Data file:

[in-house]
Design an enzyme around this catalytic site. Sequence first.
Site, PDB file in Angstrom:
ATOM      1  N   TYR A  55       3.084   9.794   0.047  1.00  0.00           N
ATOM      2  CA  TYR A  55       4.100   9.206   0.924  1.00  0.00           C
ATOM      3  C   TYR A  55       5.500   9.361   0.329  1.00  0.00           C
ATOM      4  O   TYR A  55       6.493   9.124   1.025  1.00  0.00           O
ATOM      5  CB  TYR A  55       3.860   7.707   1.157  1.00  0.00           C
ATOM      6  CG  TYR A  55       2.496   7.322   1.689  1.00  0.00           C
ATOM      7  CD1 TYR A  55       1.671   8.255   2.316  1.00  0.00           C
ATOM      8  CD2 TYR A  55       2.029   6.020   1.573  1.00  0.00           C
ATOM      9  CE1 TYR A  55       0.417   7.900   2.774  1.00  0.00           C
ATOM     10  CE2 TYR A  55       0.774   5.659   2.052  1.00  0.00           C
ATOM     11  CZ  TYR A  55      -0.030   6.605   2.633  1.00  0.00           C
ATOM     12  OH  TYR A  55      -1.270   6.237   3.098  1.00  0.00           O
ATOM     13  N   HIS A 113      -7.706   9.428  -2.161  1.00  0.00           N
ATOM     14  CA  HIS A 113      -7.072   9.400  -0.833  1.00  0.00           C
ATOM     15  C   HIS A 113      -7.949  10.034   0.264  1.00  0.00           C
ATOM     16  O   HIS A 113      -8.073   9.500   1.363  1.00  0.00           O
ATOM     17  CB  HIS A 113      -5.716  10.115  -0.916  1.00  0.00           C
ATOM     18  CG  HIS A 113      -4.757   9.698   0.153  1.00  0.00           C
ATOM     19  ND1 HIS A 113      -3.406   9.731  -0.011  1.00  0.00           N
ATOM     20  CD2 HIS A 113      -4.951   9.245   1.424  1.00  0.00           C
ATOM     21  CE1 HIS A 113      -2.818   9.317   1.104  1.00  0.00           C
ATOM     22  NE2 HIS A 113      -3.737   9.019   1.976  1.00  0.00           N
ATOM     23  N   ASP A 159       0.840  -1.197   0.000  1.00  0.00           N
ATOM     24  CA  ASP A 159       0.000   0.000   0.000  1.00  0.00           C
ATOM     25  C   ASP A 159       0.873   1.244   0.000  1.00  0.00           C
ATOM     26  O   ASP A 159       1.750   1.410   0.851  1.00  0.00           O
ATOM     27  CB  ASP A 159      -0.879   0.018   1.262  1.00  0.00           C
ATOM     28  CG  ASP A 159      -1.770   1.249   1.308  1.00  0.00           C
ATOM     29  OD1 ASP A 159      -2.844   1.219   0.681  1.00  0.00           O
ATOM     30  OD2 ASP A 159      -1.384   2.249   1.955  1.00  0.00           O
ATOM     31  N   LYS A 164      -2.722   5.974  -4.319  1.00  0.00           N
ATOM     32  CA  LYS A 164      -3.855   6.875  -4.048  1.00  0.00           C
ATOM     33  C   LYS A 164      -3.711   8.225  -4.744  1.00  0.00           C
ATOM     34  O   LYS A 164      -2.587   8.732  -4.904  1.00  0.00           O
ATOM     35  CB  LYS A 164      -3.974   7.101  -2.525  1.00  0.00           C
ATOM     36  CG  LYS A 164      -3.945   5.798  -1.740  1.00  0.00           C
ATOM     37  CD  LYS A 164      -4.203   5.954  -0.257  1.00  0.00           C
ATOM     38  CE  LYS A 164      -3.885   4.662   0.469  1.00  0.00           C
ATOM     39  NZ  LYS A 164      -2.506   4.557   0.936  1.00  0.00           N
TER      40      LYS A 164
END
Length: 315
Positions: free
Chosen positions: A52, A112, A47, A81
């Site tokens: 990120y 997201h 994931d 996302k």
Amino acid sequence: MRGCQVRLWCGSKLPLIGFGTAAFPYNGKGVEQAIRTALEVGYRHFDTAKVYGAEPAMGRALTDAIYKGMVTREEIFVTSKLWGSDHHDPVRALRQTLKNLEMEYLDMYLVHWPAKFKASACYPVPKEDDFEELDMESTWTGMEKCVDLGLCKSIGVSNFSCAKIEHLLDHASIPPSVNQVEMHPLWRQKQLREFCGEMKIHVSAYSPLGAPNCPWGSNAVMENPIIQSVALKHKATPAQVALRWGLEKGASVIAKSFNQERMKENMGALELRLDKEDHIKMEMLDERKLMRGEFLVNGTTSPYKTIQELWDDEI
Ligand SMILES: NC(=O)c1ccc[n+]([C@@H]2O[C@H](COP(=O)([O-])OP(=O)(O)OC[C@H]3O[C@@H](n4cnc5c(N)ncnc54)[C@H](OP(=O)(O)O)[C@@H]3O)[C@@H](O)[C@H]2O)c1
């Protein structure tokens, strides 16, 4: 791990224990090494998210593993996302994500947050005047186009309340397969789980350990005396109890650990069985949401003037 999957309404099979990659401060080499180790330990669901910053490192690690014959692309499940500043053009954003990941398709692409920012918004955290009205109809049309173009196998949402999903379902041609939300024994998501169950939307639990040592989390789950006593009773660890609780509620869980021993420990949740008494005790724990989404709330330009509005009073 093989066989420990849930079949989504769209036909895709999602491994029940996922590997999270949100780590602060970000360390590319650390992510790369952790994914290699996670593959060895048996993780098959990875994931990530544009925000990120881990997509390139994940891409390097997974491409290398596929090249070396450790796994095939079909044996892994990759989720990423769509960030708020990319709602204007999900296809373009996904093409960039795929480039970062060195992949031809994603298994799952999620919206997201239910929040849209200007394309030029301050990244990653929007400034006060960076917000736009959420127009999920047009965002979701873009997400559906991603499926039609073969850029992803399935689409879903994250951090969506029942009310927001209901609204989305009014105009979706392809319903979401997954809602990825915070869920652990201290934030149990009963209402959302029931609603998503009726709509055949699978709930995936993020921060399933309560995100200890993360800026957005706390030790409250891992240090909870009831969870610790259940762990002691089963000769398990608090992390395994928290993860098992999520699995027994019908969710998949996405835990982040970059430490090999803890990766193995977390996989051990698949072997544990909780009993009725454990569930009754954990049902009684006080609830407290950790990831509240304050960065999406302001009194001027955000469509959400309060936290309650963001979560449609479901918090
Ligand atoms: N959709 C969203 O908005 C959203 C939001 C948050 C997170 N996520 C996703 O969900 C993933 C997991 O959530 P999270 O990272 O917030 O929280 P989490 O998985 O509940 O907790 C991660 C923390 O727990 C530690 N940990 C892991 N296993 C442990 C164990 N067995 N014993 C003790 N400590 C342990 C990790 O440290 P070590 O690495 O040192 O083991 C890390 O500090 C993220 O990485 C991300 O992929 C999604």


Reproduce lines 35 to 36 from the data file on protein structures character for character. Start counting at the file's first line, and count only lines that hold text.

ATOM     32  CA  LYS A 164      -3.855   6.875  -4.048  1.00  0.00           C
ATOM     33  C   LYS A 164      -3.711   8.225  -4.744  1.00  0.00           C